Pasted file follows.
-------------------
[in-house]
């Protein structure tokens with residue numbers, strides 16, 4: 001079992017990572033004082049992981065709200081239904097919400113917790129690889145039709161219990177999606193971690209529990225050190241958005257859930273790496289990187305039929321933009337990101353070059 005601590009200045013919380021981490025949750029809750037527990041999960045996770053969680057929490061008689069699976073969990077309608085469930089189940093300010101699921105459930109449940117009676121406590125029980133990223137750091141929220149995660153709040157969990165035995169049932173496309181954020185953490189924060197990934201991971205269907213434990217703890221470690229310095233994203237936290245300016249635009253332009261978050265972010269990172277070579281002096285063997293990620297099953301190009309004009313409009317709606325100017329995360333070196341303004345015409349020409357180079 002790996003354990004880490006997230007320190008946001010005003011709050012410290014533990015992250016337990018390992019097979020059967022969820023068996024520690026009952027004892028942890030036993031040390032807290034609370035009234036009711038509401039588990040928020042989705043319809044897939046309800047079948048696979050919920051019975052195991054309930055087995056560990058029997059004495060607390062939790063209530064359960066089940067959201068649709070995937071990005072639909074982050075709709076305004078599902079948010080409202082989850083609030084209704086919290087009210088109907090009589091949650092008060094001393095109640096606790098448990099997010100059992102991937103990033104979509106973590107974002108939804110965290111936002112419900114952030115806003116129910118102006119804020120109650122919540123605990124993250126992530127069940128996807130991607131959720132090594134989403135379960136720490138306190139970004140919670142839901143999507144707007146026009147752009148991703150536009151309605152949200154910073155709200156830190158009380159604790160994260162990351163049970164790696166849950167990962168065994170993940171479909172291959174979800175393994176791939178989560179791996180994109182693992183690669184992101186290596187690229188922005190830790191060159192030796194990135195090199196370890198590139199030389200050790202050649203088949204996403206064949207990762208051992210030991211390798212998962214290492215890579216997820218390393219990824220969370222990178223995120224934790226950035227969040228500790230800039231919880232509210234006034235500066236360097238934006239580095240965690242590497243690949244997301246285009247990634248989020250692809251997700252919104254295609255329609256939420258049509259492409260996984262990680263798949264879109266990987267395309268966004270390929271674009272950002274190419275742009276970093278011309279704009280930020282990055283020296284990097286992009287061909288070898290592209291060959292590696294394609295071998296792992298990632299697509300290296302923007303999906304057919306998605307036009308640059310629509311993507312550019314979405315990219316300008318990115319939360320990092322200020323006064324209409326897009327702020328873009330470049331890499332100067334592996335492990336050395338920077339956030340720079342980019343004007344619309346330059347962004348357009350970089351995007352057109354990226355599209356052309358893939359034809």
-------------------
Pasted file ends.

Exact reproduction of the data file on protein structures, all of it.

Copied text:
[in-house]
């Protein structure tokens with residue numbers, strides 16, 4: 001079992017990572033004082049992981065709200081239904097919400113917790129690889145039709161219990177999606193971690209529990225050190241958005257859930273790496289990187305039929321933009337990101353070059 005601590009200045013919380021981490025949750029809750037527990041999960045996770053969680057929490061008689069699976073969990077309608085469930089189940093300010101699921105459930109449940117009676121406590125029980133990223137750091141929220149995660153709040157969990165035995169049932173496309181954020185953490189924060197990934201991971205269907213434990217703890221470690229310095233994203237936290245300016249635009253332009261978050265972010269990172277070579281002096285063997293990620297099953301190009309004009313409009317709606325100017329995360333070196341303004345015409349020409357180079 002790996003354990004880490006997230007320190008946001010005003011709050012410290014533990015992250016337990018390992019097979020059967022969820023068996024520690026009952027004892028942890030036993031040390032807290034609370035009234036009711038509401039588990040928020042989705043319809044897939046309800047079948048696979050919920051019975052195991054309930055087995056560990058029997059004495060607390062939790063209530064359960066089940067959201068649709070995937071990005072639909074982050075709709076305004078599902079948010080409202082989850083609030084209704086919290087009210088109907090009589091949650092008060094001393095109640096606790098448990099997010100059992102991937103990033104979509106973590107974002108939804110965290111936002112419900114952030115806003116129910118102006119804020120109650122919540123605990124993250126992530127069940128996807130991607131959720132090594134989403135379960136720490138306190139970004140919670142839901143999507144707007146026009147752009148991703150536009151309605152949200154910073155709200156830190158009380159604790160994260162990351163049970164790696166849950167990962168065994170993940171479909172291959174979800175393994176791939178989560179791996180994109182693992183690669184992101186290596187690229188922005190830790191060159192030796194990135195090199196370890198590139199030389200050790202050649203088949204996403206064949207990762208051992210030991211390798212998962214290492215890579216997820218390393219990824220969370222990178223995120224934790226950035227969040228500790230800039231919880232509210234006034235500066236360097238934006239580095240965690242590497243690949244997301246285009247990634248989020250692809251997700252919104254295609255329609256939420258049509259492409260996984262990680263798949264879109266990987267395309268966004270390929271674009272950002274190419275742009276970093278011309279704009280930020282990055283020296284990097286992009287061909288070898290592209291060959292590696294394609295071998296792992298990632299697509300290296302923007303999906304057919306998605307036009308640059310629509311993507312550019314979405315990219316300008318990115319939360320990092322200020323006064324209409326897009327702020328873009330470049331890499332100067334592996335492990336050395338920077339956030340720079342980019343004007344619309346330059347962004348357009350970089351995007352057109354990226355599209356052309358893939359034809």